2018 Year In Review

2018 Year in Review

Wow, what a year. There were some tremendous highs, a few lows, a lot of learning, growth and development. I pushed myself in ways I didn’t know possible. I was able to turn a hobby into a career and have set myself up for a, hopefully, incredible 2019. Because I know we’re all preparing for some end of year celebrations I’ll keep this #eyeronvision newsletter short and sweet by just hitting a couple of highlights 🙂

January: Attended Camp No Sight No Limits and met several new friends, guides and my eventual coach. Also attended my first Race Across America Training Camp for Team Sea to See and became acquainted with my team members.

February: hired now 5X Off Road Triathlon World Champion Lesley Paterson to coach me for 2018.

March: Took 4th place at my first International Triathlon Union (ITU) race at the CAMTRI American Championship in Sarasota, Fla, guided by my buddy Matt Miller.

April: Through a steady rain, consistent wind and cold, I broke the 4 hour barrier for the first time (3:55:14) in a marathon at the Boston Marathon with my buddy Pete Fowler, beating my previous best marathon time by more than 23 minutes. The race was made even more special because it was my sister, Kelsey’s, first Boston Marathon and getting to share the experience with her was incredible. Oh yeah, I met this crazy Scottish dude named Alan Greening who likes to drink beer and whiskey and who does sub 11 hour Ironman with regularity. Lesley thought we’d get along and thought Alan would be a great person to guide me for Ironman Arizona in November.

Also attended training camp number two for Race Across America with Team Sea to See.

May: Attended the United States Association of Blind Athletes Tandem Cycling Camp hosted at the Colorado Springs Olympic Training Center.

Also finally rode up Independence Pass with my buddy Everet Minute piloting the limo (15 plus miles of nearly 4000 ft of elevation gain topping out at more than 12000 ft above sea level).

June: Race Across America with Team Sea to See. 3067 miles, 180000 plus ft of elevation gain, 12 states, three major mountain ranges, four major rivers, four tandem bikes, four blind/visually impaired stokers, four sighted pilots, three RVs, three 15 passenger vans, a mini-van, 20 plus of the most amazing support crew, 12 person camera crew, starting in Oceanside, Calif and finishing in Annapolis, Md in 7 days 15 hours 3 minutes. We became the first four tandem team with all blind or visually impaired stokers to complete Race Across America. An experience that taught me so much about team work, friendship, stress management, sleep management, pain tolerance, how to turn adversity into an advantage, and how focusing on a vision can bring people together to achieve remarkable things. Of course the ultimate story that everyone always wants to hear about is how Chris Howard and I crashed in Kansas and somehow scraped ourselves off the road to finish strong even though it turned out I had a pretty significant fracture in my right arm. Thank you Chris and the entire crew for helping me gut out those last three or four days. I don’t manage without the support of the entire team.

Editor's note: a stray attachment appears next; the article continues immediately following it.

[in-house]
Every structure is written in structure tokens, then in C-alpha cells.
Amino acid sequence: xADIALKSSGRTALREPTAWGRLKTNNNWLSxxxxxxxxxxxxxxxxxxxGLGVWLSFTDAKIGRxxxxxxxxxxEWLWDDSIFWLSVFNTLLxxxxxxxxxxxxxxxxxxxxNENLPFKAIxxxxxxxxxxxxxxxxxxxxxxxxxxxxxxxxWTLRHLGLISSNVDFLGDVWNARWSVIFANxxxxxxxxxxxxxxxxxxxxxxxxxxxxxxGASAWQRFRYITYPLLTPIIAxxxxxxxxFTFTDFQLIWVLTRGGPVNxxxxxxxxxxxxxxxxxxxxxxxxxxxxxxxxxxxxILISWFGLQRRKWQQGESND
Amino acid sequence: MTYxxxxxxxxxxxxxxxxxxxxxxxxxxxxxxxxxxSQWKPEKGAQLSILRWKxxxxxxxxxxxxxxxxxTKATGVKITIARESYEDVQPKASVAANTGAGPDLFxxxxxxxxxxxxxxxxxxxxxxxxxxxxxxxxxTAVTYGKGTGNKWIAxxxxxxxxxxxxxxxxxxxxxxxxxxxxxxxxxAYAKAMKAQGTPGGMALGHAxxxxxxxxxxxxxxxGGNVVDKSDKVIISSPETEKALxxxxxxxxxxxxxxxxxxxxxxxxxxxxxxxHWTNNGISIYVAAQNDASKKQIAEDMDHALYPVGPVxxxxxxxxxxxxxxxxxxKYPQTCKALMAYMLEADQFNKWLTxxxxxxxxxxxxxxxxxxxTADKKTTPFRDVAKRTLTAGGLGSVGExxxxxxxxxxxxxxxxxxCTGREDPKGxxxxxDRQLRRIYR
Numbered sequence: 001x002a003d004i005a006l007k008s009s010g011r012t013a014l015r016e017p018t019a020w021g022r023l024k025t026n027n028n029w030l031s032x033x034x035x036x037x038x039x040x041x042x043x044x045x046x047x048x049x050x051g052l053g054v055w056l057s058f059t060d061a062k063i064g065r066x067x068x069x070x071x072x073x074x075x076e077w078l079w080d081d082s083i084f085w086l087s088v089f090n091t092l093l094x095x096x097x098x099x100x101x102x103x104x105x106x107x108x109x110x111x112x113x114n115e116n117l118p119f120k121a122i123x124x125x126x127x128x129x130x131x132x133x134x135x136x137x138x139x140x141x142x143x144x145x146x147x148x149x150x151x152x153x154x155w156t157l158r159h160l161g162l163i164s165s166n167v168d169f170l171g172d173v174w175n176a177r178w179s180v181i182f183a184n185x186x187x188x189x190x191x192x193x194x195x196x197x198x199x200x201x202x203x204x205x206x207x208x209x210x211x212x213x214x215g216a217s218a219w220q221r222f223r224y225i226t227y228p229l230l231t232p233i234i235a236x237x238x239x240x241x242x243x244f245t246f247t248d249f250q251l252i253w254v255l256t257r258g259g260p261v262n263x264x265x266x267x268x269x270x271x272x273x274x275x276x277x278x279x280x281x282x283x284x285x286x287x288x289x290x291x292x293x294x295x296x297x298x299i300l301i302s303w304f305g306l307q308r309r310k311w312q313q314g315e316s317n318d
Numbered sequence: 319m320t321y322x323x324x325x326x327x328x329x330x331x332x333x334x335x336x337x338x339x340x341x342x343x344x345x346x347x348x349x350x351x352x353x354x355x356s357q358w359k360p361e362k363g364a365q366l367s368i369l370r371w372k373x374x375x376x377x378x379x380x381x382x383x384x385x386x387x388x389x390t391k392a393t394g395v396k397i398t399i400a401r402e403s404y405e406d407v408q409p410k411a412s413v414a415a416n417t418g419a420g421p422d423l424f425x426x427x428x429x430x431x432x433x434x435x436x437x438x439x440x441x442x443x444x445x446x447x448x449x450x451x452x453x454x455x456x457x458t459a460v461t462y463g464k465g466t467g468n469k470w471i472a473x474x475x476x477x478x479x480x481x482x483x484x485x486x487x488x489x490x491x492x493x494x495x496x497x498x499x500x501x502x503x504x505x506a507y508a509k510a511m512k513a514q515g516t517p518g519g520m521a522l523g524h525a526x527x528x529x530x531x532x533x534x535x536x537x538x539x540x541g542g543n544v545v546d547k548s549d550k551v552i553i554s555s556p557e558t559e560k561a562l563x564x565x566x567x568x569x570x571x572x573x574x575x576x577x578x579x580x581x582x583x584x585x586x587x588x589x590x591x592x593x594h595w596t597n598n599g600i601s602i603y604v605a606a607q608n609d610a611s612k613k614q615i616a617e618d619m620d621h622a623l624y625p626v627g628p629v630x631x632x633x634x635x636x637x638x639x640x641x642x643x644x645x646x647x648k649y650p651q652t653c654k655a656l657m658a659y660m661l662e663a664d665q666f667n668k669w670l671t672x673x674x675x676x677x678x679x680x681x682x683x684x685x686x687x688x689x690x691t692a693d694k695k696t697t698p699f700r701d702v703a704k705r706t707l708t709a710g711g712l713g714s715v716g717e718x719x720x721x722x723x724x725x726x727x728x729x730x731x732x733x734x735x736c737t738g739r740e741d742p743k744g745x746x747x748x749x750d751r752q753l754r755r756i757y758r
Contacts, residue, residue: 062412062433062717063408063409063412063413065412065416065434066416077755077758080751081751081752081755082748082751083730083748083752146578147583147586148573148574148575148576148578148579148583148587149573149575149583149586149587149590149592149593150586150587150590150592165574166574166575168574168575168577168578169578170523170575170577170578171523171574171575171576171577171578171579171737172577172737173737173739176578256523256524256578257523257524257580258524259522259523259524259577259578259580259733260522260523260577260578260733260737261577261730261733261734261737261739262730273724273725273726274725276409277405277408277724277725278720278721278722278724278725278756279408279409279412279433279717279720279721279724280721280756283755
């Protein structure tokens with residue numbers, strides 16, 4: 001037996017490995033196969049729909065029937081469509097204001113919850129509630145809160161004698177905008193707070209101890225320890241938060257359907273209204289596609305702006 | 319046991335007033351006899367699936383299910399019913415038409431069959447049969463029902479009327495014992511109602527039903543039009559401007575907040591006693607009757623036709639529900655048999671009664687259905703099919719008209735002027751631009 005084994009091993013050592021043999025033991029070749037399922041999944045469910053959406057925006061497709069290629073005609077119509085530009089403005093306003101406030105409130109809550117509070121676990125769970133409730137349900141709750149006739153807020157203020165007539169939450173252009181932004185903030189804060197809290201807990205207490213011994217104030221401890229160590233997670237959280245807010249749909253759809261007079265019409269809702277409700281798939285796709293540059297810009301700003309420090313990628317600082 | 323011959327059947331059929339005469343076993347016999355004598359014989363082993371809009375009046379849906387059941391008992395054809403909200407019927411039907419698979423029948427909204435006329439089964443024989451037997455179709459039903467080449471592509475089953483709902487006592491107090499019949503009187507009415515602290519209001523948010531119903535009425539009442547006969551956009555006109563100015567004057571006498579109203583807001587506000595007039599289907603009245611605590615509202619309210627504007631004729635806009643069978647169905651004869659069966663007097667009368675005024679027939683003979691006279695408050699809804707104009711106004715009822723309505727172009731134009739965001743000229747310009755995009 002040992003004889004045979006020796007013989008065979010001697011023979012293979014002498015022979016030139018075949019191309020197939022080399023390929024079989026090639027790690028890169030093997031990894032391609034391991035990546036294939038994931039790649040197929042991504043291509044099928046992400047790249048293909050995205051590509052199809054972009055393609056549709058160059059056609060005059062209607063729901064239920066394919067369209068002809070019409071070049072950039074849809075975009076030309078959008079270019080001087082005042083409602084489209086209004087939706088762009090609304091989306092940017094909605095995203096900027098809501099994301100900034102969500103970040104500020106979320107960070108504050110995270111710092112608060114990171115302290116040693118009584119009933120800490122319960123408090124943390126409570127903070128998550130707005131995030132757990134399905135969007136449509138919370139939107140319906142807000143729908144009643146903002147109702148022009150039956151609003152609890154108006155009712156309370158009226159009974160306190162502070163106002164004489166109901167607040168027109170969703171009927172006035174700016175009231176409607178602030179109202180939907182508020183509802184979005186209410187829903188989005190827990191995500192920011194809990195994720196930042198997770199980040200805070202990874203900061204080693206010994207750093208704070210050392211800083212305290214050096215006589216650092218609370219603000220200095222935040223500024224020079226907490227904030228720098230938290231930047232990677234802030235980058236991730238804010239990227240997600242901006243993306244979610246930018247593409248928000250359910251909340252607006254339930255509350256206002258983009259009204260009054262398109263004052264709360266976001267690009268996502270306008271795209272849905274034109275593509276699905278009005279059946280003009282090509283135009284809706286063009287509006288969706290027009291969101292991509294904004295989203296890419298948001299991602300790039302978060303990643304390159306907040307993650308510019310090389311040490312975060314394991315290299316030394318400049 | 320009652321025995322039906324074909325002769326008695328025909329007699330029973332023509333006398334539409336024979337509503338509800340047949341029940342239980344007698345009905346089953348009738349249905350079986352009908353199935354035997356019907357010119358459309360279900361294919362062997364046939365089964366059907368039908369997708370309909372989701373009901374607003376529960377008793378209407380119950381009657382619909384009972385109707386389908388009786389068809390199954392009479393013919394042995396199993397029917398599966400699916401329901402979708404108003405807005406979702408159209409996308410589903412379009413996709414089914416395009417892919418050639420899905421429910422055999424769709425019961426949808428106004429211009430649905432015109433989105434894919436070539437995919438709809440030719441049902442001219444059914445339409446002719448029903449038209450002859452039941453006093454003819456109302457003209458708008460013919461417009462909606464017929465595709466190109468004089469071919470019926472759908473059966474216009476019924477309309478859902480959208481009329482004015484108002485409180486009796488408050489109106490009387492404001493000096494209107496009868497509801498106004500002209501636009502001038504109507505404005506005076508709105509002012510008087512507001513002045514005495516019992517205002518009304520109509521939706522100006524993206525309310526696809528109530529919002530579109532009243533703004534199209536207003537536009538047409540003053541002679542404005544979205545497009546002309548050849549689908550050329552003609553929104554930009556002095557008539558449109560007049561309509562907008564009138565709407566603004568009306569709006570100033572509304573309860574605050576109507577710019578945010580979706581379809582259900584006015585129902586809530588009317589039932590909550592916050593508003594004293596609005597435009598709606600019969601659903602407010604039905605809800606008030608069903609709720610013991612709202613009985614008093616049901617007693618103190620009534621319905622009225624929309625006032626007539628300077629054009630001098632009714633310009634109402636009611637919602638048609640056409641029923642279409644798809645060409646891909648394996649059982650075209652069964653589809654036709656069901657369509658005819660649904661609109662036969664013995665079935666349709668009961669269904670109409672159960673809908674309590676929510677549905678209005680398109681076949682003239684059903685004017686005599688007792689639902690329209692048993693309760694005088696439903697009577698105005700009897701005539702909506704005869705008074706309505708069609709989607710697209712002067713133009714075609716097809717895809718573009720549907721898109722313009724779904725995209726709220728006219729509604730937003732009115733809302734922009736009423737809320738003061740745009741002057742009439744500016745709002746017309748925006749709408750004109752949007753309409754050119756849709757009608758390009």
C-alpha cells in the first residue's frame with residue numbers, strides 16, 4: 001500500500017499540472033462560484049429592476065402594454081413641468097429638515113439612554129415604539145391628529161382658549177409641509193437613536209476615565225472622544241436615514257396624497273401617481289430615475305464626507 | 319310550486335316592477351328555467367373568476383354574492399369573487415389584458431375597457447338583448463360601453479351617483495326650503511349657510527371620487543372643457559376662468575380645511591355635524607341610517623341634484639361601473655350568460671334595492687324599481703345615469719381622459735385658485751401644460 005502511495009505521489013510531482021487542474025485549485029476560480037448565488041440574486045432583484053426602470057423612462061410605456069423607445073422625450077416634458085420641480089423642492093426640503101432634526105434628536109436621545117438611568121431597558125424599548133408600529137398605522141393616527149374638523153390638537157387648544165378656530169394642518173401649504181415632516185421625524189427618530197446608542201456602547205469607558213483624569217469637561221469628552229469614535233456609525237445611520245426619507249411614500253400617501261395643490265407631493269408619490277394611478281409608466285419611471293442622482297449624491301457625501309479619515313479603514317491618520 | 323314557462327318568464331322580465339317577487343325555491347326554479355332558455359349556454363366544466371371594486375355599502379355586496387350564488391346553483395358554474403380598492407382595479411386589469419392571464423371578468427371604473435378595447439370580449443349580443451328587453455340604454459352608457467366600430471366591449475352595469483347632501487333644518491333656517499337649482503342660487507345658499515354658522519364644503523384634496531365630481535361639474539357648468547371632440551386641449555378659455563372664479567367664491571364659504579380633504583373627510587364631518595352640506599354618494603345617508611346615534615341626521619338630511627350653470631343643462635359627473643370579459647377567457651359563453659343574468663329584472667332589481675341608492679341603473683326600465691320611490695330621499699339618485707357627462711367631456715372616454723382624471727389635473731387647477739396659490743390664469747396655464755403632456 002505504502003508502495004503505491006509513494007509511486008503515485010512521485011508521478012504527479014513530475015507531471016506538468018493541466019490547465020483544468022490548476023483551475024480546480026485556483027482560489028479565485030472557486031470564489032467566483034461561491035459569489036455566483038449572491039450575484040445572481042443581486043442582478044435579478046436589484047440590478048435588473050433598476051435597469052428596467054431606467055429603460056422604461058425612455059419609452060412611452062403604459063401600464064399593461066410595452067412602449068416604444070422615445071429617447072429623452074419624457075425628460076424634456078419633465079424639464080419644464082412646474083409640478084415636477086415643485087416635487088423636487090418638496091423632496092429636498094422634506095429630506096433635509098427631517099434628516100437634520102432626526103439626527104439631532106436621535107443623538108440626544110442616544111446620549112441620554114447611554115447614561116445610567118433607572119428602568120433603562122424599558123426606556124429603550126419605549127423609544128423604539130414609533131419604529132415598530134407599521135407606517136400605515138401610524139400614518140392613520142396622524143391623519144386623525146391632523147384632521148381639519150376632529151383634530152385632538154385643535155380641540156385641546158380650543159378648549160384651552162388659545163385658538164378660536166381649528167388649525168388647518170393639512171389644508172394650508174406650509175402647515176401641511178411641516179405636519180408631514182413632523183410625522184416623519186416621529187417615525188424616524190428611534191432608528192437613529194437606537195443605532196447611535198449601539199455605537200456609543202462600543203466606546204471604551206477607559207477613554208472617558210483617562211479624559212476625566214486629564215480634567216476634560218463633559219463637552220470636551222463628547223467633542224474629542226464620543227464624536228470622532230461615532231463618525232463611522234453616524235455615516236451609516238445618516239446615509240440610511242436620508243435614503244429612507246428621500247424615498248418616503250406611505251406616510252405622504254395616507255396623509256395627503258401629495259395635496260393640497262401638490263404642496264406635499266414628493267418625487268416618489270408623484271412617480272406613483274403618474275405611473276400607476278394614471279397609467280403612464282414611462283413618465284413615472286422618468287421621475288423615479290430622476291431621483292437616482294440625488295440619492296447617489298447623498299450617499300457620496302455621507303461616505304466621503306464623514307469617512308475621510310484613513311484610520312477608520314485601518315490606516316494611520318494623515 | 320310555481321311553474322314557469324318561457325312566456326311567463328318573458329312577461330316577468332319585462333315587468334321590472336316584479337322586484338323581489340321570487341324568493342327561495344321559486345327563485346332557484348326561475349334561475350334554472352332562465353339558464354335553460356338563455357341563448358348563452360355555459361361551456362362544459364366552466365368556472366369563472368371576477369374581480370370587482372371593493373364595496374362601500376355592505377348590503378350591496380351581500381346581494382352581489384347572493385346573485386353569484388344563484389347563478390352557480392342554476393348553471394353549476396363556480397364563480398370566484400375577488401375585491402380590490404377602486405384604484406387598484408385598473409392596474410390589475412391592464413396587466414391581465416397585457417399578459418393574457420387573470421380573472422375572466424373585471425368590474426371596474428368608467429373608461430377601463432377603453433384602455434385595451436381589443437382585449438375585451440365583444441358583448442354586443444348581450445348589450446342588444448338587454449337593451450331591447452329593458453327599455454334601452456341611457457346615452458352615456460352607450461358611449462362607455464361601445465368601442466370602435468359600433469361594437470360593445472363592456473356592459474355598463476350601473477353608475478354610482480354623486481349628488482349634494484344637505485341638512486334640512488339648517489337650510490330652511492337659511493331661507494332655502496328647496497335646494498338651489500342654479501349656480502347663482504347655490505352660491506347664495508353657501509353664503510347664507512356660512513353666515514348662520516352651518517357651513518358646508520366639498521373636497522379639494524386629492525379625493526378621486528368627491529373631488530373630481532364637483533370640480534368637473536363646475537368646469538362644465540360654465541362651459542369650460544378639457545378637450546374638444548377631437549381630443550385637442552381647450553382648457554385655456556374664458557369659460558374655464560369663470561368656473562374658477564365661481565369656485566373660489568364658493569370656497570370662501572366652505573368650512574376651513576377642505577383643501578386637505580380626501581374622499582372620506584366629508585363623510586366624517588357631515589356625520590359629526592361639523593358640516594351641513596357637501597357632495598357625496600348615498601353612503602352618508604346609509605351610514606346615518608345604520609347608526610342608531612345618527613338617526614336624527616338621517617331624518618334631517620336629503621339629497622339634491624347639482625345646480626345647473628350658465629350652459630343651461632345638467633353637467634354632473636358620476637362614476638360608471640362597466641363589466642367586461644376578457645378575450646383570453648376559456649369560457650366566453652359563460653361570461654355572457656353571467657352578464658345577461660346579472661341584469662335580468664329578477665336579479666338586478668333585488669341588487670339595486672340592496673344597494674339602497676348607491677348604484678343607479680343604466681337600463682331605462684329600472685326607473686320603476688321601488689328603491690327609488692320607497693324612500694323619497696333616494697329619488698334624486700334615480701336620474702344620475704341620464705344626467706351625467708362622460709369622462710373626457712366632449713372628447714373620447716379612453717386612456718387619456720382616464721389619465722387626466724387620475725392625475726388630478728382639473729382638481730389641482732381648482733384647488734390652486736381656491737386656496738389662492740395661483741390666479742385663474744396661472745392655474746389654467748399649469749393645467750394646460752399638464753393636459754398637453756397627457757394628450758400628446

July: The Lake Christine Fire forces my family to evacuate our home. Fortunately we’re able to return after a few days but we know people who lost everything. It was a sobering event that was a reminder to be grateful for the things we have and to cherish memories over possessions.

Later that month, Kelsey and I ran the Power of 4 25K Trail Race in Aspen. My first official trail race experience and the first time my sister ever guided me in a race/official event. What a blast and I can’t wait to add more trail races to my race calendar.

August: Attended the USA Triathlon/United States Association of Blind Athletes Triathlon Camp hosted at the Colorado Springs Olympic Training Center. This was the first time Alan Greening and I got on the limo together and I’m pretty sure Alan thought he was going to die. But we figured it out and had an awesome camp experience and were confident that we’d be able to pull off a good race at Ironman Arizona in November.

September: Raced Ironman 70.3 Augusta with my buddy Danny Craven and fell just short of my goal of breaking 5 hours finishing the 1.2 mi swim, 56 mi bike and 13.1 mi run in 5:01:42.